SLCPs: The implementation of identified measures across LAC / Progress and Opportunities


Astrid Puentes Riaño, AIDA's co-executive director, and Florencia Ortúzar, an AIDA attorney, are two of the lead authors of chapter 5 of Integrated Assessment of Short-Lived Climate Pollutants in Latin America and the Caribbean: Summary for Decision Makers, a publication edited by the United Nations Environment Programme (UNEP) and the Climate and Clean Air Coalition (CCAC).

Their key message: Efforts and experience reducing some SLCPs are already in place across LAC and could be scaled up if identified barriers were overcome.

The modelling carried out for this assessment has highlighted the potential for mitigation of SLCP emissions from a small number of suggested measures. A few of these have already been implemented or are currently being considered at national and subnational scales within Latin American and the Caribbean. The full implementation modelled in this assessment requires the strengthening of current policies, as well as more efficient, sustainable and widespread penetration of the measures across the region. Barriers to full implementation, however, need to be recognized and overcome if the identified mitigation potential is to be achieved. A national and regional discussion could be initiated to address SLCPs in the LAC regions as a whole.

Examples of integrated frameworks for coordinated management of climate change mitigation and air quality actions are already in place, showing the effectiveness of leveraging institutional synergies.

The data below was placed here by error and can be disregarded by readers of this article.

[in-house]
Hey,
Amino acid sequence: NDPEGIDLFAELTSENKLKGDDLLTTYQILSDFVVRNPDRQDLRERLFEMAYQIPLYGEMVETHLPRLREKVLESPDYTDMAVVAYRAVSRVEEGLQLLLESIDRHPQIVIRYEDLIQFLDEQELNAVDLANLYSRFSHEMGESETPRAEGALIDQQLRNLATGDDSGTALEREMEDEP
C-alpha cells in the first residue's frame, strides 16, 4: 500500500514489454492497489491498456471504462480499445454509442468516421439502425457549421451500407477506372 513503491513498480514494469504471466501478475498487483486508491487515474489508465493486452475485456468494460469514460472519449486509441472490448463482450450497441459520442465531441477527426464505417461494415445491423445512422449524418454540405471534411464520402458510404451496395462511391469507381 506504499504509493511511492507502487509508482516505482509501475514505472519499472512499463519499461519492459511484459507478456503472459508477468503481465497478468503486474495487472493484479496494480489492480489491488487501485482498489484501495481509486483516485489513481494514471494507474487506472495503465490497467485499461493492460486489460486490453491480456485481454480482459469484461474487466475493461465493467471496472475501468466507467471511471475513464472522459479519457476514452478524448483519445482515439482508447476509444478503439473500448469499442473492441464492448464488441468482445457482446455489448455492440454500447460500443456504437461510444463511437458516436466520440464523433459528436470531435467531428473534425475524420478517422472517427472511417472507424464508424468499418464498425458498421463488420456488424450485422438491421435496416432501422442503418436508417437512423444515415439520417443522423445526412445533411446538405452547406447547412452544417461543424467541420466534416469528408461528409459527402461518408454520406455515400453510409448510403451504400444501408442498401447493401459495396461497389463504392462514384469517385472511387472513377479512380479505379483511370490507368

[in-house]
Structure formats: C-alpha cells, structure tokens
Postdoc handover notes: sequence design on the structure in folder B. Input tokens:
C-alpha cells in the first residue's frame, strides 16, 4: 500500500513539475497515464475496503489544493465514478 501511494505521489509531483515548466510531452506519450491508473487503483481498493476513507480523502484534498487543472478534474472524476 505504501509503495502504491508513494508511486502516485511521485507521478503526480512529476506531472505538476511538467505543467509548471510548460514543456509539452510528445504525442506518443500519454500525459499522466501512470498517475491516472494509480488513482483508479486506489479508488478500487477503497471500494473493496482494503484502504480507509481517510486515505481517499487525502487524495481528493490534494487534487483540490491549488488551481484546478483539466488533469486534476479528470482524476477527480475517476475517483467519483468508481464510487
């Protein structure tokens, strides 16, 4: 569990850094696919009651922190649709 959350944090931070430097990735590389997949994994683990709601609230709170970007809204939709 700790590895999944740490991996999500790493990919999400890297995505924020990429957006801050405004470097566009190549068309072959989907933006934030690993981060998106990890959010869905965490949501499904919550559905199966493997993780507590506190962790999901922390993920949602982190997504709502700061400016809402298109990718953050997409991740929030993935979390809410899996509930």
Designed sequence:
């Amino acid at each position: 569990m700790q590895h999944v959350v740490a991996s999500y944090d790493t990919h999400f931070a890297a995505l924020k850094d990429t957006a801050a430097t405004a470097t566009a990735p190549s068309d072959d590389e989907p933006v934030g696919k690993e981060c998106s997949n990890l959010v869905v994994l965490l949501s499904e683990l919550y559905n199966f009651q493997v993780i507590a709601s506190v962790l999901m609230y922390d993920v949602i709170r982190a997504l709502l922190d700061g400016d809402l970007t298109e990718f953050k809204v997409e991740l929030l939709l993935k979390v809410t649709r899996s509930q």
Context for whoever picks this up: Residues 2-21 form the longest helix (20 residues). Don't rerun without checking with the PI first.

Chile and Mexico, recognizing that integrating policies for climate and clean air can significantly reduce the cost of achieving objectives in both sectors, have implemented appropriate strategies. Chile has unified the two functions in a single department, the Division of Air Quality and Climate Change within the Ministry of Environment. Mexico, on the other hand, has enacted the General Law on Climate Change (LGCC), which provides a legal framework regulating climate change policies and includes the National Strategy of Climate Change (ENCC) and the Special Programme on Climate Change (PECC). Both the ENCC and PECC incorporate greenhouse gases and SLCPs as part in the mitigation strategies. Such efforts need to be synchronized with the goals of other governmental institutions, as has been done in Chile and Mexico, where ministries of energy, transportation, finances and even housing have coordinated their policies to achieve the maximum effect.


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